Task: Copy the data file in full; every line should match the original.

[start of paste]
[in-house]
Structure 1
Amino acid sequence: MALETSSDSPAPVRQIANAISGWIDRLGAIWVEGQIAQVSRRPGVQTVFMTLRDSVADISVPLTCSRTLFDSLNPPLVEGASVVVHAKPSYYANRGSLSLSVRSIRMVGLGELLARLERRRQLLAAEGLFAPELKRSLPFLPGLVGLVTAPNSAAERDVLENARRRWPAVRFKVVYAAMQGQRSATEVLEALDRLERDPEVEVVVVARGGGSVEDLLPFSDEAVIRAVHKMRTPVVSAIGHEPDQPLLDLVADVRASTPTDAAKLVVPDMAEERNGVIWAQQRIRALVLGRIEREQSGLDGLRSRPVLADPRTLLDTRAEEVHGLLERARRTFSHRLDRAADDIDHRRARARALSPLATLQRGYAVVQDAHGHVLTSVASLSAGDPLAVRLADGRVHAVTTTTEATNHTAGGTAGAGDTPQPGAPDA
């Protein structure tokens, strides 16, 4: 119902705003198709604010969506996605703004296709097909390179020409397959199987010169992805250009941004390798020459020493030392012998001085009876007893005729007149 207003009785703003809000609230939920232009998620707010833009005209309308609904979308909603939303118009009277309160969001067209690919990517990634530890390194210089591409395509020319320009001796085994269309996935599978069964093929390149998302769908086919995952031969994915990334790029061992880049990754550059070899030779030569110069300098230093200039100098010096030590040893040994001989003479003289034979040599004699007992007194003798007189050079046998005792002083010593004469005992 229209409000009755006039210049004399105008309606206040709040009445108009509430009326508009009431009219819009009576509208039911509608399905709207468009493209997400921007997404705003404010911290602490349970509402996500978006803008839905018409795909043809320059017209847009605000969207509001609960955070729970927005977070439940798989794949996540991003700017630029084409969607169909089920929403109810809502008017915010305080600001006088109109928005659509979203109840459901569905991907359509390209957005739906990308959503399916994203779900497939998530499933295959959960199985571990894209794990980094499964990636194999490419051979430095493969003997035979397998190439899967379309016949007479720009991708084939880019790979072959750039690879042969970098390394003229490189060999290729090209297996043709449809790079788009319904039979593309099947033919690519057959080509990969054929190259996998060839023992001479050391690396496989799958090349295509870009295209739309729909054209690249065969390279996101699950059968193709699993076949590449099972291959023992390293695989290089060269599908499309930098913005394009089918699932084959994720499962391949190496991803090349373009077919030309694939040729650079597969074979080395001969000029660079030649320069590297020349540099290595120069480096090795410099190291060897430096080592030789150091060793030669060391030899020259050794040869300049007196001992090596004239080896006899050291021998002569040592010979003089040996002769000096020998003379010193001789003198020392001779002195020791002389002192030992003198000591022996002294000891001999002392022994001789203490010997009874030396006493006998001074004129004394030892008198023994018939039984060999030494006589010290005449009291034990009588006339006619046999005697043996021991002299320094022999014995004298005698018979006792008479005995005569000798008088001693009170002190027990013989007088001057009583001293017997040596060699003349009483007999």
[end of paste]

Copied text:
[in-house]
Structure 1
Amino acid sequence: MALETSSDSPAPVRQIANAISGWIDRLGAIWVEGQIAQVSRRPGVQTVFMTLRDSVADISVPLTCSRTLFDSLNPPLVEGASVVVHAKPSYYANRGSLSLSVRSIRMVGLGELLARLERRRQLLAAEGLFAPELKRSLPFLPGLVGLVTAPNSAAERDVLENARRRWPAVRFKVVYAAMQGQRSATEVLEALDRLERDPEVEVVVVARGGGSVEDLLPFSDEAVIRAVHKMRTPVVSAIGHEPDQPLLDLVADVRASTPTDAAKLVVPDMAEERNGVIWAQQRIRALVLGRIEREQSGLDGLRSRPVLADPRTLLDTRAEEVHGLLERARRTFSHRLDRAADDIDHRRARARALSPLATLQRGYAVVQDAHGHVLTSVASLSAGDPLAVRLADGRVHAVTTTTEATNHTAGGTAGAGDTPQPGAPDA
């Protein structure tokens, strides 16, 4: 119902705003198709604010969506996605703004296709097909390179020409397959199987010169992805250009941004390798020459020493030392012998001085009876007893005729007149 207003009785703003809000609230939920232009998620707010833009005209309308609904979308909603939303118009009277309160969001067209690919990517990634530890390194210089591409395509020319320009001796085994269309996935599978069964093929390149998302769908086919995952031969994915990334790029061992880049990754550059070899030779030569110069300098230093200039100098010096030590040893040994001989003479003289034979040599004699007992007194003798007189050079046998005792002083010593004469005992 229209409000009755006039210049004399105008309606206040709040009445108009509430009326508009009431009219819009009576509208039911509608399905709207468009493209997400921007997404705003404010911290602490349970509402996500978006803008839905018409795909043809320059017209847009605000969207509001609960955070729970927005977070439940798989794949996540991003700017630029084409969607169909089920929403109810809502008017915010305080600001006088109109928005659509979203109840459901569905991907359509390209957005739906990308959503399916994203779900497939998530499933295959959960199985571990894209794990980094499964990636194999490419051979430095493969003997035979397998190439899967379309016949007479720009991708084939880019790979072959750039690879042969970098390394003229490189060999290729090209297996043709449809790079788009319904039979593309099947033919690519057959080509990969054929190259996998060839023992001479050391690396496989799958090349295509870009295209739309729909054209690249065969390279996101699950059968193709699993076949590449099972291959023992390293695989290089060269599908499309930098913005394009089918699932084959994720499962391949190496991803090349373009077919030309694939040729650079597969074979080395001969000029660079030649320069590297020349540099290595120069480096090795410099190291060897430096080592030789150091060793030669060391030899020259050794040869300049007196001992090596004239080896006899050291021998002569040592010979003089040996002769000096020998003379010193001789003198020392001779002195020791002389002192030992003198000591022996002294000891001999002392022994001789203490010997009874030396006493006998001074004129004394030892008198023994018939039984060999030494006589010290005449009291034990009588006339006619046999005697043996021991002299320094022999014995004298005698018979006792008479005995005569000798008088001693009170002190027990013989007088001057009583001293017997040596060699003349009483007999």